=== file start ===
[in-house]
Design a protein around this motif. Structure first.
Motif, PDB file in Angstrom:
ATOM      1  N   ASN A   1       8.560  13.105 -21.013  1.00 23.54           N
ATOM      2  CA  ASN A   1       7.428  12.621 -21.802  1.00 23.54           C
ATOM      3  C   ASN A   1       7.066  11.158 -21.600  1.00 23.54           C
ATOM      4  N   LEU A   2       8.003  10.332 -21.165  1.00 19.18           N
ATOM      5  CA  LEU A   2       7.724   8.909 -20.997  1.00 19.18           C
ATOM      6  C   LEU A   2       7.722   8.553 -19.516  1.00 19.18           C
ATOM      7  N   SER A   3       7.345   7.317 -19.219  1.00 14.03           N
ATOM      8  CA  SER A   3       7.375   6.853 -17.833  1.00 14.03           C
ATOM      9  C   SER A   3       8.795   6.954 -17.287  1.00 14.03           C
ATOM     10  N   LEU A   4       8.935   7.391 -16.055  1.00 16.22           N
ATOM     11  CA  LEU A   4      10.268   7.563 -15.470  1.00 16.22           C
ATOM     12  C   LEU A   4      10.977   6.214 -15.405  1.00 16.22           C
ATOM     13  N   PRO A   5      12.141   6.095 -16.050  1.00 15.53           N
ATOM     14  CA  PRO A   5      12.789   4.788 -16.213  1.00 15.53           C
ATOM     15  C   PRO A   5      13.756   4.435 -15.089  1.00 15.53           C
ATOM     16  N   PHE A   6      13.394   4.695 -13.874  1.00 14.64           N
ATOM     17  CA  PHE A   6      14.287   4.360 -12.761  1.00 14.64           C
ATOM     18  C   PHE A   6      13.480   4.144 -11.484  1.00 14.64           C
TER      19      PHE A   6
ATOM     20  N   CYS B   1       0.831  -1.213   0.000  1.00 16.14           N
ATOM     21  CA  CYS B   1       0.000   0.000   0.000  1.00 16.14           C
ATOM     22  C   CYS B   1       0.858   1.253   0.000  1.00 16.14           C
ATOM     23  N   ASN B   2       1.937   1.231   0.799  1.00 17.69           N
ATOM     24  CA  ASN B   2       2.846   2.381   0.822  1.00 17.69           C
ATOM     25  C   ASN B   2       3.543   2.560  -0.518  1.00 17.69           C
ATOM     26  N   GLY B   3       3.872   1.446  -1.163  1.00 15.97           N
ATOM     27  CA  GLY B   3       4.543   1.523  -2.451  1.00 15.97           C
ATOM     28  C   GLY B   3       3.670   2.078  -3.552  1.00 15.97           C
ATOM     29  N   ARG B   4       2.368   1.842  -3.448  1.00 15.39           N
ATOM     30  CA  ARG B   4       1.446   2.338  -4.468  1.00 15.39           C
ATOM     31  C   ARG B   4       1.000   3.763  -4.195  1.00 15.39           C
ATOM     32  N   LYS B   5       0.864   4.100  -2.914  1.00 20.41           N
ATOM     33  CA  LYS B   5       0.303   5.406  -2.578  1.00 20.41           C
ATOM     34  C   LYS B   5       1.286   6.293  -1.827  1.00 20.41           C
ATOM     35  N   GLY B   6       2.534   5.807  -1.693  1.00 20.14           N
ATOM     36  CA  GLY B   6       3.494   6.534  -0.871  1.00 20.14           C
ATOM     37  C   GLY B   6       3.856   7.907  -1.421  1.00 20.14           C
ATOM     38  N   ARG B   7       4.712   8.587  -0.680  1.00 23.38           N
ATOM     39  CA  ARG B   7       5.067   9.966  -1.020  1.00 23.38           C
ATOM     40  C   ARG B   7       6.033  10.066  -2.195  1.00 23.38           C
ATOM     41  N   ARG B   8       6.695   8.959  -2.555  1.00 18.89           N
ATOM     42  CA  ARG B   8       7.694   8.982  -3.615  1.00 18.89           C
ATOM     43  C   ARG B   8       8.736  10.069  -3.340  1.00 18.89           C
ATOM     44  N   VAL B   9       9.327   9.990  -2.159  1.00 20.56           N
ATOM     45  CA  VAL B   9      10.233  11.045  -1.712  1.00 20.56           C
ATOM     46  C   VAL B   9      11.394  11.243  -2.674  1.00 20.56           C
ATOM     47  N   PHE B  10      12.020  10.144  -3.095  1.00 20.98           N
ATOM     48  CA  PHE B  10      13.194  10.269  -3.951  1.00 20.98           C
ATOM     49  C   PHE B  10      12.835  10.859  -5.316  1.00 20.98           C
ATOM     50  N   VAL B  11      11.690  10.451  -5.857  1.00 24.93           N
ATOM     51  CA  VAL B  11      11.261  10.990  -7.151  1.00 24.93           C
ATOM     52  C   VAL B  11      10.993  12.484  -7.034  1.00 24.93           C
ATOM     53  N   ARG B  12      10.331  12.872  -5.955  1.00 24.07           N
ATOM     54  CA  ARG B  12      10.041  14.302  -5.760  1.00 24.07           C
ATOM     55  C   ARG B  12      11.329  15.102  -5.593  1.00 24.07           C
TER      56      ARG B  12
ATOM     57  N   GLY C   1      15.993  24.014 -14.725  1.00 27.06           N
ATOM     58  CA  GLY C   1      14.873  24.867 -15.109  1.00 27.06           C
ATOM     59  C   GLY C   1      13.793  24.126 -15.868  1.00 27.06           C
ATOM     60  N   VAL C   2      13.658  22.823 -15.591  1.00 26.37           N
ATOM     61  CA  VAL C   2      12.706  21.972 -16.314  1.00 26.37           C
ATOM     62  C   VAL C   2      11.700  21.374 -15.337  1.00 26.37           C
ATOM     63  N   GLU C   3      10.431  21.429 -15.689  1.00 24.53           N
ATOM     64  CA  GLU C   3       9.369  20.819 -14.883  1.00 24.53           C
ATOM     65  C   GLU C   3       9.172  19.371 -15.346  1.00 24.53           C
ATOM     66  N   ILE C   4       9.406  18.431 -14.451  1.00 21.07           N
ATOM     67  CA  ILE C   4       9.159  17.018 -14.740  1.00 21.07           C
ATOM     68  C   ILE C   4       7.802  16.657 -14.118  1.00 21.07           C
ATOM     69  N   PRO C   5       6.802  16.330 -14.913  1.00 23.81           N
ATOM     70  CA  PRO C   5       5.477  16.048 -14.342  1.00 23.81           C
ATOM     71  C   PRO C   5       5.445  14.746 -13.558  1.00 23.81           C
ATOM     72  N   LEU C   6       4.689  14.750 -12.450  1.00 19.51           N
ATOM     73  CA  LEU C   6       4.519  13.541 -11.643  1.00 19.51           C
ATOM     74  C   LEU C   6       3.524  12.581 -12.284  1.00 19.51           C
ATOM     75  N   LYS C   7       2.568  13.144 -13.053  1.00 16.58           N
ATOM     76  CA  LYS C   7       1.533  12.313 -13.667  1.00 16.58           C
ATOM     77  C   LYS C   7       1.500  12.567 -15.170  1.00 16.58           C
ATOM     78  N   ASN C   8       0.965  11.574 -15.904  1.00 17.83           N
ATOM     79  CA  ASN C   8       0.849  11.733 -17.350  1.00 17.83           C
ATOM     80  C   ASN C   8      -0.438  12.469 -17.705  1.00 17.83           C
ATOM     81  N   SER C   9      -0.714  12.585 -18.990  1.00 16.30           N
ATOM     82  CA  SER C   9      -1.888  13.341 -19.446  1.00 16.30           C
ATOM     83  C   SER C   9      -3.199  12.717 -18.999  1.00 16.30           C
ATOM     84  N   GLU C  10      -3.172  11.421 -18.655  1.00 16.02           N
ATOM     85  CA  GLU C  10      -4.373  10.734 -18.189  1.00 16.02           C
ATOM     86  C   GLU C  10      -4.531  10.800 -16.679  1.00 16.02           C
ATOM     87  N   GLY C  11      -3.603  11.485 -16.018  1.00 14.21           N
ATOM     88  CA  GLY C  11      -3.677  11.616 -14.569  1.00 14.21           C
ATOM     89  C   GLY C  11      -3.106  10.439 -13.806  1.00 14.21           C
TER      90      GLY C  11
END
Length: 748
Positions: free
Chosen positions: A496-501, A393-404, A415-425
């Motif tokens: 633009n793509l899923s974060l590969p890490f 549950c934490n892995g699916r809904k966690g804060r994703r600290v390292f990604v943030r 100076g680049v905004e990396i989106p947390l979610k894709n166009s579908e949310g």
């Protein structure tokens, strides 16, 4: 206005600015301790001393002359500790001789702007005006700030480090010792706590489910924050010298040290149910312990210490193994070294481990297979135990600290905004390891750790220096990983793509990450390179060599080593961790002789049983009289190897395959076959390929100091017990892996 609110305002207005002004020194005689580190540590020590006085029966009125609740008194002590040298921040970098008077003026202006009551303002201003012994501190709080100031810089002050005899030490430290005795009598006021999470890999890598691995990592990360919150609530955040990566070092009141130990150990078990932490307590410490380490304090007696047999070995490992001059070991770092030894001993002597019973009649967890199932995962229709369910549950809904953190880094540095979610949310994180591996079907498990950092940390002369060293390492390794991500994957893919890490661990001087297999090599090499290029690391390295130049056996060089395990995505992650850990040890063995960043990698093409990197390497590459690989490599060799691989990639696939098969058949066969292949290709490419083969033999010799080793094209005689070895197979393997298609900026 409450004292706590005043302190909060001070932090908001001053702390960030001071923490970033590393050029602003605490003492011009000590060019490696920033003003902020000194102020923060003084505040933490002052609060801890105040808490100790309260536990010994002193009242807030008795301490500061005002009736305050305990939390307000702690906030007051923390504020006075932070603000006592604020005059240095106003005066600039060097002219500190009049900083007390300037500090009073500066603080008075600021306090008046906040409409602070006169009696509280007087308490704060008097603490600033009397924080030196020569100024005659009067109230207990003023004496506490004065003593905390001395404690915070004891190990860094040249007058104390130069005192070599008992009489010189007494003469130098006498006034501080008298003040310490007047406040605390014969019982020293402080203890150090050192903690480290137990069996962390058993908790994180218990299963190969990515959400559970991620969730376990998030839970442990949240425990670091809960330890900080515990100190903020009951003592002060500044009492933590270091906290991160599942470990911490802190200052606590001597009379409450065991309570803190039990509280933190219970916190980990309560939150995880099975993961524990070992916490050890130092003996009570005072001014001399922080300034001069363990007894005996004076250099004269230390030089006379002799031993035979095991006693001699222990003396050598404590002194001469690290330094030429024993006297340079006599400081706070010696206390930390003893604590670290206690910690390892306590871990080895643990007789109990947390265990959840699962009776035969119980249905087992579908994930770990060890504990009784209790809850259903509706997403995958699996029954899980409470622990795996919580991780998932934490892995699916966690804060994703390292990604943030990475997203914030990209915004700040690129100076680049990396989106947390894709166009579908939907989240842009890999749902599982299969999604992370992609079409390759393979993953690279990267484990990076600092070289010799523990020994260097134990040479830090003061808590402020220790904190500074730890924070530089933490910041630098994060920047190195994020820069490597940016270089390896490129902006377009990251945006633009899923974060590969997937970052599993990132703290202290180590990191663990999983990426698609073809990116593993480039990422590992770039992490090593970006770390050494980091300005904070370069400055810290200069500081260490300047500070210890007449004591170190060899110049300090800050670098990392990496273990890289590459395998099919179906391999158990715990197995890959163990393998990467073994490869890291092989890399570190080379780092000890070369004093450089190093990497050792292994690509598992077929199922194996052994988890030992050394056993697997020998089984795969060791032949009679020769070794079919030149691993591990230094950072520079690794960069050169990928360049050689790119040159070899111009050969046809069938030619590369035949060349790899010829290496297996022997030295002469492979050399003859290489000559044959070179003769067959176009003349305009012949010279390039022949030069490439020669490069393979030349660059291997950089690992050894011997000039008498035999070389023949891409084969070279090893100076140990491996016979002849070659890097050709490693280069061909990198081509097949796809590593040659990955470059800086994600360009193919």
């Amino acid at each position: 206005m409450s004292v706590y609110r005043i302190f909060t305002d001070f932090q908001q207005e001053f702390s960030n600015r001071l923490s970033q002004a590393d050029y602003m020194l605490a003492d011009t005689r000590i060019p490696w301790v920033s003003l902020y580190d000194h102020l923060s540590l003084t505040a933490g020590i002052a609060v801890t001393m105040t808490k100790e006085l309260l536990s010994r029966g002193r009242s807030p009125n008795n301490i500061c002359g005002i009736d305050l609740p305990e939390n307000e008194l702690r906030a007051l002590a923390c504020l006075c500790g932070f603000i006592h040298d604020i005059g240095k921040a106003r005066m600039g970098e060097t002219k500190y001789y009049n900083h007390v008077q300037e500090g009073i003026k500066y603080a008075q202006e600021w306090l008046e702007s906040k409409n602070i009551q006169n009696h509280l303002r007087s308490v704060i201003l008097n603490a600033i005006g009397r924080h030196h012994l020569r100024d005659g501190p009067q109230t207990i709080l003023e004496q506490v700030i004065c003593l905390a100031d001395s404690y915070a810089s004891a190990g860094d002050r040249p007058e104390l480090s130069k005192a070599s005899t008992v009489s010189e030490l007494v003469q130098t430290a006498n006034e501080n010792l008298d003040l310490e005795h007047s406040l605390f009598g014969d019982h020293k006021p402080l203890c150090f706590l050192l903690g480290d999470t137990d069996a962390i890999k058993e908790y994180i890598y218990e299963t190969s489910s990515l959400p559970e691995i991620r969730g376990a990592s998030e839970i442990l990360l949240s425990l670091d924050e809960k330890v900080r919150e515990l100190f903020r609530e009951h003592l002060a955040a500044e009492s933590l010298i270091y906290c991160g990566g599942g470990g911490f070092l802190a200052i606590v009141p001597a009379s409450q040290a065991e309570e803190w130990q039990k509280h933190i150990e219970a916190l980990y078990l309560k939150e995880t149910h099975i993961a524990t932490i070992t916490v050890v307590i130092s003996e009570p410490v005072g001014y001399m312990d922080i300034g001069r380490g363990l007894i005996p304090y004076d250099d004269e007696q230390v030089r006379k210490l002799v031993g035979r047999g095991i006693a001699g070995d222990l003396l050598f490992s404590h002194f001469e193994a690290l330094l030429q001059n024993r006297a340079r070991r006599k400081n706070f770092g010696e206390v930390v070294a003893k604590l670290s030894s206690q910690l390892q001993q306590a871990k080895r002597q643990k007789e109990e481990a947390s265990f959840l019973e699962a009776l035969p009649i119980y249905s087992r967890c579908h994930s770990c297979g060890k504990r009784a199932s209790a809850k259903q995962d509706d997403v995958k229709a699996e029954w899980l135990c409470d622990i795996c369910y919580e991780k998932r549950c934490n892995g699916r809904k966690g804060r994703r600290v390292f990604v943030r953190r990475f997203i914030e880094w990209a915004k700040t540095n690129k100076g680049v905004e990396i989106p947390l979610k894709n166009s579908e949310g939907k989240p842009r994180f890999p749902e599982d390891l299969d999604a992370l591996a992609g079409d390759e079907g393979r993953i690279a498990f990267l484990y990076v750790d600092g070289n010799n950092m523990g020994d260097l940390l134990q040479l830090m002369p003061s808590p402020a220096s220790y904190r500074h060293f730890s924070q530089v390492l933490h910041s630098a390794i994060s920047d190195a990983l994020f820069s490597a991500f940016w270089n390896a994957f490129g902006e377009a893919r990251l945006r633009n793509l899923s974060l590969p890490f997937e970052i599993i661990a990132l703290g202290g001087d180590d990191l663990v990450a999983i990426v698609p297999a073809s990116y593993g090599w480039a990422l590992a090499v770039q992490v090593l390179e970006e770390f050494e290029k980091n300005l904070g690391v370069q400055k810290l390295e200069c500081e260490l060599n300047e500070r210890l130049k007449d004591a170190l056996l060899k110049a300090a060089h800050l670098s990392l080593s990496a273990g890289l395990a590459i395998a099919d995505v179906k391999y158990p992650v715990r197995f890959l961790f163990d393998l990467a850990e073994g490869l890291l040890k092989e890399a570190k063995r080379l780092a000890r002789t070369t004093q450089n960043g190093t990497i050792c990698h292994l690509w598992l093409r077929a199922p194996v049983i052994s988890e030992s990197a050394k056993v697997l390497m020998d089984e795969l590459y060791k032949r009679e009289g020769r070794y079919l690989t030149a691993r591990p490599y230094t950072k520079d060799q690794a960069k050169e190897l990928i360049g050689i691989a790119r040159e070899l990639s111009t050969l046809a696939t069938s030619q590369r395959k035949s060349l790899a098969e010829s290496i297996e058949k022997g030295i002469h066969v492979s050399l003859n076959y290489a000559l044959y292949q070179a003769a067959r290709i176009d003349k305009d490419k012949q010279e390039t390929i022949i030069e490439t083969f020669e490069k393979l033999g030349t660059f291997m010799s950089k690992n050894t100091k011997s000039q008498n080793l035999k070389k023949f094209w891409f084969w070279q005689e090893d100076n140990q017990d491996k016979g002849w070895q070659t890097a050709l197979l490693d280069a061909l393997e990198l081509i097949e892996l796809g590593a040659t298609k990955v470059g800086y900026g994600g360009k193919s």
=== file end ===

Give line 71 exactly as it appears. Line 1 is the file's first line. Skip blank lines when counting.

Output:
ATOM     68  C   ILE C   4       7.802  16.657 -14.118  1.00 21.07           C